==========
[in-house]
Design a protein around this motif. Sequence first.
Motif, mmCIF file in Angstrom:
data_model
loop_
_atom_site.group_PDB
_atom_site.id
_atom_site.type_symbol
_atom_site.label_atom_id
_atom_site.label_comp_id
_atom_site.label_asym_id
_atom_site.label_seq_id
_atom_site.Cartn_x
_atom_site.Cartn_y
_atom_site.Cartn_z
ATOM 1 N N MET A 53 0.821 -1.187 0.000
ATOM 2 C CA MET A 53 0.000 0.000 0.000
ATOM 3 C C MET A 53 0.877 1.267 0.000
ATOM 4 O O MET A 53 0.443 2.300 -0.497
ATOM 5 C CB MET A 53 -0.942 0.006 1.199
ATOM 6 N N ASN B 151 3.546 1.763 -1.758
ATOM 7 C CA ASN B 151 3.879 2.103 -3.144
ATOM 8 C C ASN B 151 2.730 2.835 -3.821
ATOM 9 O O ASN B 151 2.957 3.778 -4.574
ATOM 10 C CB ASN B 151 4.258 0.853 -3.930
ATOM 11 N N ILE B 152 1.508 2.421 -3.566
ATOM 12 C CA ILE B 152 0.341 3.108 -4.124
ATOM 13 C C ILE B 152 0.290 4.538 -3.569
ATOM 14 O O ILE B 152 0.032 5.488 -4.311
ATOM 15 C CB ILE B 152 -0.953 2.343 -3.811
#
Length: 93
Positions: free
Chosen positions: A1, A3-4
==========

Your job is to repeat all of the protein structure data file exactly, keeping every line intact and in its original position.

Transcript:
[in-house]
Design a protein around this motif. Sequence first.
Motif, mmCIF file in Angstrom:
data_model
loop_
_atom_site.group_PDB
_atom_site.id
_atom_site.type_symbol
_atom_site.label_atom_id
_atom_site.label_comp_id
_atom_site.label_asym_id
_atom_site.label_seq_id
_atom_site.Cartn_x
_atom_site.Cartn_y
_atom_site.Cartn_z
ATOM 1 N N MET A 53 0.821 -1.187 0.000
ATOM 2 C CA MET A 53 0.000 0.000 0.000
ATOM 3 C C MET A 53 0.877 1.267 0.000
ATOM 4 O O MET A 53 0.443 2.300 -0.497
ATOM 5 C CB MET A 53 -0.942 0.006 1.199
ATOM 6 N N ASN B 151 3.546 1.763 -1.758
ATOM 7 C CA ASN B 151 3.879 2.103 -3.144
ATOM 8 C C ASN B 151 2.730 2.835 -3.821
ATOM 9 O O ASN B 151 2.957 3.778 -4.574
ATOM 10 C CB ASN B 151 4.258 0.853 -3.930
ATOM 11 N N ILE B 152 1.508 2.421 -3.566
ATOM 12 C CA ILE B 152 0.341 3.108 -4.124
ATOM 13 C C ILE B 152 0.290 4.538 -3.569
ATOM 14 O O ILE B 152 0.032 5.488 -4.311
ATOM 15 C CB ILE B 152 -0.953 2.343 -3.811
#
Length: 93
Positions: free
Chosen positions: A1, A3-4